Background: The cardiac sodium channel (SCN5A) mutation R222Q neutralizes a positive charge in the domain I voltage sensor. Mutation carriers display very frequent ectopy and dilated cardiomyopathy.
Objectives: To describe the effect of SCN5A R222Q on murine myocyte and Purkinje fiber electrophysiology, and identify underlying mechanisms.
Methods: We generated mice carrying humanized wild-type (H) and mutant (RQ) SCN5A channels. We characterized whole-heart and isolated ventricular and Purkinje myocyte properties.
Results: RQ/RQ mice were not viable. INa from RQ/H ventricular myocytes displayed increased "window current" and hyperpolarizing shifts in both inactivation and activation compared to H/H, as previously reported in heterologous expression systems. Surprisingly, action potentials were markedly abbreviated in RQ/H myocytes (action potential durations at 90% repolarization: 12.6 ± 1.3 ms vs 29.1 ± 1.0 ms in H/H, P < .01, n = 10 each). We identified a large [K+]o-dependent outward gating pore current in RQ/H but not H/H myocytes, and decreasing [K+]o elicited early afterdepolarizations (EADs) and triggered activity in isolated myocytes and ectopic beats in whole hearts. Further, RQ/H Purkinje cells displayed striking, consistent low-voltage EADs. In vivo, however, RQ/H mice displayed little ectopy and contractile function was normal.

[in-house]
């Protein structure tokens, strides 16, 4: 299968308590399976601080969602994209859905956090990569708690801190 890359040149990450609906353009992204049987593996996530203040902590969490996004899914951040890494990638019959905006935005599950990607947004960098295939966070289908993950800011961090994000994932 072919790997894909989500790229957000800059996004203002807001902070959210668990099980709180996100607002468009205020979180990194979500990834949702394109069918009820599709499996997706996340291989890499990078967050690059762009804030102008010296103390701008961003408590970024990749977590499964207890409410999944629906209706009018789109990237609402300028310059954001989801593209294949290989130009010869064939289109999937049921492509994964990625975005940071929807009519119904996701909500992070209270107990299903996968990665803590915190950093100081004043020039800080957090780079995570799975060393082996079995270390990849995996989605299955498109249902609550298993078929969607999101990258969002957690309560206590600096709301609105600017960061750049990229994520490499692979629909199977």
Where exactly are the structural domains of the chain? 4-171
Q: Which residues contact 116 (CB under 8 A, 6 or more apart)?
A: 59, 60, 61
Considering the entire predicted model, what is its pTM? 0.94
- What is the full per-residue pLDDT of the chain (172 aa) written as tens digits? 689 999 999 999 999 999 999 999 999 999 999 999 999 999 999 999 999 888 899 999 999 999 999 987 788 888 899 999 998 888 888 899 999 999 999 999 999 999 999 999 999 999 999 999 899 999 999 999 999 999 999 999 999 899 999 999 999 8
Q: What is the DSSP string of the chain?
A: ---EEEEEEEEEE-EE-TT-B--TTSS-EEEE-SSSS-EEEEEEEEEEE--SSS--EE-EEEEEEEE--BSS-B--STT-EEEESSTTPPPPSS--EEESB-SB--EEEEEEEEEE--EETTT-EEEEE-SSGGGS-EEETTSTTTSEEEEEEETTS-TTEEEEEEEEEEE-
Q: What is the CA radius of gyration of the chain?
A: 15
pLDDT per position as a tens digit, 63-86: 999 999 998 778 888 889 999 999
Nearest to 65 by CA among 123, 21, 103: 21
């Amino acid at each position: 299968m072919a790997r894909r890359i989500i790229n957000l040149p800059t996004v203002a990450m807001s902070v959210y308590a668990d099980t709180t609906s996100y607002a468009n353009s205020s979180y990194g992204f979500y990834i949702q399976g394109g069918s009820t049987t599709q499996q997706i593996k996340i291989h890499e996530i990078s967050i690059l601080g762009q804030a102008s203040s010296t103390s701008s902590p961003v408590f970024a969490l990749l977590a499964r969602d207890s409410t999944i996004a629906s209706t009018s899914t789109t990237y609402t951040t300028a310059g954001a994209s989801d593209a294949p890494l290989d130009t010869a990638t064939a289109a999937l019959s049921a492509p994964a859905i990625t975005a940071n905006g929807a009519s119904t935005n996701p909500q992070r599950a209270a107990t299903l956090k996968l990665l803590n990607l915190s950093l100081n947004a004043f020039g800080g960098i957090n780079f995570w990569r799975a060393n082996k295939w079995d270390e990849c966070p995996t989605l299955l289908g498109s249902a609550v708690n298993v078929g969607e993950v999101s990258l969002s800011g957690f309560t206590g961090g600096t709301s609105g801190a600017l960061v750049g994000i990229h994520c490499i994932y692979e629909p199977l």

Conclusion: While SCN5A R222Q increases plateau inward sodium current, action potentials were unexpectedly shortened, likely reflecting an outward gating-pore current. Low extracellular potassium increased this pore current, and was arrhythmogenic in vitro and ex vivo.
Keywords: Channelopathy; Dilated cardiomyopathy; Mouse models; SCN5A; Sodium channels.
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